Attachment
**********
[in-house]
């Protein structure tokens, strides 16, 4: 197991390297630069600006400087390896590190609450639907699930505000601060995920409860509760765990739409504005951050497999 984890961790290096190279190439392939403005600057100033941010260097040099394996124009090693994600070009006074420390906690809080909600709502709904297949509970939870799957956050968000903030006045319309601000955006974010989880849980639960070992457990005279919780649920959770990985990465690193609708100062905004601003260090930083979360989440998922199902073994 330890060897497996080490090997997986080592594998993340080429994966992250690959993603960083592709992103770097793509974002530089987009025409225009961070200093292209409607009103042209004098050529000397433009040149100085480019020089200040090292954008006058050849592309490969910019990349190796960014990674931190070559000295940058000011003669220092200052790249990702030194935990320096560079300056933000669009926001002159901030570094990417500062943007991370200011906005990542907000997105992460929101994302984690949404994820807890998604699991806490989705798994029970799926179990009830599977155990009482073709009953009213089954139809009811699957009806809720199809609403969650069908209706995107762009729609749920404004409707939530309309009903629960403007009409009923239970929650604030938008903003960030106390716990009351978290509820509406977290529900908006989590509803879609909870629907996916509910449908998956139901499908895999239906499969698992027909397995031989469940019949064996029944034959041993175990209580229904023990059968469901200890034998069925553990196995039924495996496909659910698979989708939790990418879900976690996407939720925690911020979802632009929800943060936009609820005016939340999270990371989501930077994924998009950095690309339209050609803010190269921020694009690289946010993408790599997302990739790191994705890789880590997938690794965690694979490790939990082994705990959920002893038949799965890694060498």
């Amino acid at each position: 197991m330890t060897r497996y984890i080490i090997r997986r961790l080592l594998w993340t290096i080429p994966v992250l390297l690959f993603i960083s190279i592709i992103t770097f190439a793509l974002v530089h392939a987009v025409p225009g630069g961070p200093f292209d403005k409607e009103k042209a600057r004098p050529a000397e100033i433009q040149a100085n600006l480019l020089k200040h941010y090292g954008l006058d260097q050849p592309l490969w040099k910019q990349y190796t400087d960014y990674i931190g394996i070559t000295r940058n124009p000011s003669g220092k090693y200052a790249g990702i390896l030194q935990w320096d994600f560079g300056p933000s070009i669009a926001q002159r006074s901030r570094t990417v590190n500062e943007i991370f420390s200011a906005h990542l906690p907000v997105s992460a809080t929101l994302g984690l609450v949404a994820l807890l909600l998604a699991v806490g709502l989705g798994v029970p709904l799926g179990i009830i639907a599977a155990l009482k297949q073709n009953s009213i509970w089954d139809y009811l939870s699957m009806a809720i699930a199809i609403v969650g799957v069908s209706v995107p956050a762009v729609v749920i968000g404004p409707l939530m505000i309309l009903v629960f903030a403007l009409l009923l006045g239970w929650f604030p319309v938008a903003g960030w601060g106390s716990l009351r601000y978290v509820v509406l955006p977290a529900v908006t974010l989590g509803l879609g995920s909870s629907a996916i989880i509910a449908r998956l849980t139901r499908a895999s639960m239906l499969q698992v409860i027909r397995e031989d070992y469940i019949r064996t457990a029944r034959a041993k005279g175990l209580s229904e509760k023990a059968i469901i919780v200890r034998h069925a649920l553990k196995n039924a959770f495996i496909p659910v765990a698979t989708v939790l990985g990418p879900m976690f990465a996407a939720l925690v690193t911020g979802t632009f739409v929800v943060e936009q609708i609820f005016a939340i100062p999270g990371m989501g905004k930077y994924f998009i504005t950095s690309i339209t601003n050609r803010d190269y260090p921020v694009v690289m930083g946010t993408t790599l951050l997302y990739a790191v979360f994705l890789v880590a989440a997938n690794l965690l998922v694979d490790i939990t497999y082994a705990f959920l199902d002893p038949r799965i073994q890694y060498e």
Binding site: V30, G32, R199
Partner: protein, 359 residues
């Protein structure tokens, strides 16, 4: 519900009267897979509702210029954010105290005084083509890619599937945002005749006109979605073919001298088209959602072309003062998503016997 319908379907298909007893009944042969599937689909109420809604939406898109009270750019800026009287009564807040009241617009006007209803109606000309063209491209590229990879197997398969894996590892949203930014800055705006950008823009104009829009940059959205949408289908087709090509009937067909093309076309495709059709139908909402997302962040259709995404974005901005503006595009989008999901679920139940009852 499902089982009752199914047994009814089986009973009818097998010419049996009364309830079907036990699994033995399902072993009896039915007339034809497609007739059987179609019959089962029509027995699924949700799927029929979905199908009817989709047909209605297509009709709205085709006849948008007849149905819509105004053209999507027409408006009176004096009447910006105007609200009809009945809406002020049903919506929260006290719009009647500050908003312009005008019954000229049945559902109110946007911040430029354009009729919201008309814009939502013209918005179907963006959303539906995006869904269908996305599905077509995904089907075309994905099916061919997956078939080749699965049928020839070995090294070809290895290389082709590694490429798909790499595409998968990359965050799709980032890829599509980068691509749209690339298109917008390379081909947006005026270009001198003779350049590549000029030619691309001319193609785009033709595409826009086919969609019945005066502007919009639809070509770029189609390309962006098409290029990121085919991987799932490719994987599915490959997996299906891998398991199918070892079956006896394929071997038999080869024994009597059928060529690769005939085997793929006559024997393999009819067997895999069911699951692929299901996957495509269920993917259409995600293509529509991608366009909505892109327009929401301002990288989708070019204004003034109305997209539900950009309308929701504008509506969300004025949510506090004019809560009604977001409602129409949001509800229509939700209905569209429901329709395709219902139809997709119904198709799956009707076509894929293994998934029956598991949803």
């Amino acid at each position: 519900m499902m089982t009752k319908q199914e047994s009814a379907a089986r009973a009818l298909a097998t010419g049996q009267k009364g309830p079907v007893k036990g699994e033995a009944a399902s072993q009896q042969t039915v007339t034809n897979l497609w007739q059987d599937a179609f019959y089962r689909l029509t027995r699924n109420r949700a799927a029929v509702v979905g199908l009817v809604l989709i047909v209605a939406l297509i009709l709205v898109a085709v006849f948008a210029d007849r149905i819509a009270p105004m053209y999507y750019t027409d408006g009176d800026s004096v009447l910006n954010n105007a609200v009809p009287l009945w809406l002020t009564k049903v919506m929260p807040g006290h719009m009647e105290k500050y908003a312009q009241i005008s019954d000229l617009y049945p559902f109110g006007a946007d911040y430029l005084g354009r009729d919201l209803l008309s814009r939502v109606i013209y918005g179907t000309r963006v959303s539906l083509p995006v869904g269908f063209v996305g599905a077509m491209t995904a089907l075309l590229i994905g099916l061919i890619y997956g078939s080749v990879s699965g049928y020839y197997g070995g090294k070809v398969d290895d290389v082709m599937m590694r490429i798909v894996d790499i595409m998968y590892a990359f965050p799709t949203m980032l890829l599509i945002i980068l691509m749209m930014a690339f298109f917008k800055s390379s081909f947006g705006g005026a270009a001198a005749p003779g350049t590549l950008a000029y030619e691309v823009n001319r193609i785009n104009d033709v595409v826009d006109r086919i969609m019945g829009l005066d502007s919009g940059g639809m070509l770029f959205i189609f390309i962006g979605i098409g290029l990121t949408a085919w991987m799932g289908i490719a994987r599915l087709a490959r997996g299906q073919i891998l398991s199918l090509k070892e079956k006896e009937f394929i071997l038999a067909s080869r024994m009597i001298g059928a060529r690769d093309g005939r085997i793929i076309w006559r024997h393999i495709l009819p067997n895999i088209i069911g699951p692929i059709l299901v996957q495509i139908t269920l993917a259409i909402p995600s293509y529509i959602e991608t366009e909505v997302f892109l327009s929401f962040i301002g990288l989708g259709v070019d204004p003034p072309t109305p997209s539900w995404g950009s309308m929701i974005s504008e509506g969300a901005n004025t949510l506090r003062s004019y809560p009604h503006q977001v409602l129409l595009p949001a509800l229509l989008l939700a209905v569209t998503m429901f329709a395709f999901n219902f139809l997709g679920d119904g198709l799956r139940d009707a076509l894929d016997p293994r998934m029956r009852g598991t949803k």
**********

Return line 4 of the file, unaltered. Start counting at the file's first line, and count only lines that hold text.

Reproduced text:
Binding site: V30, G32, R199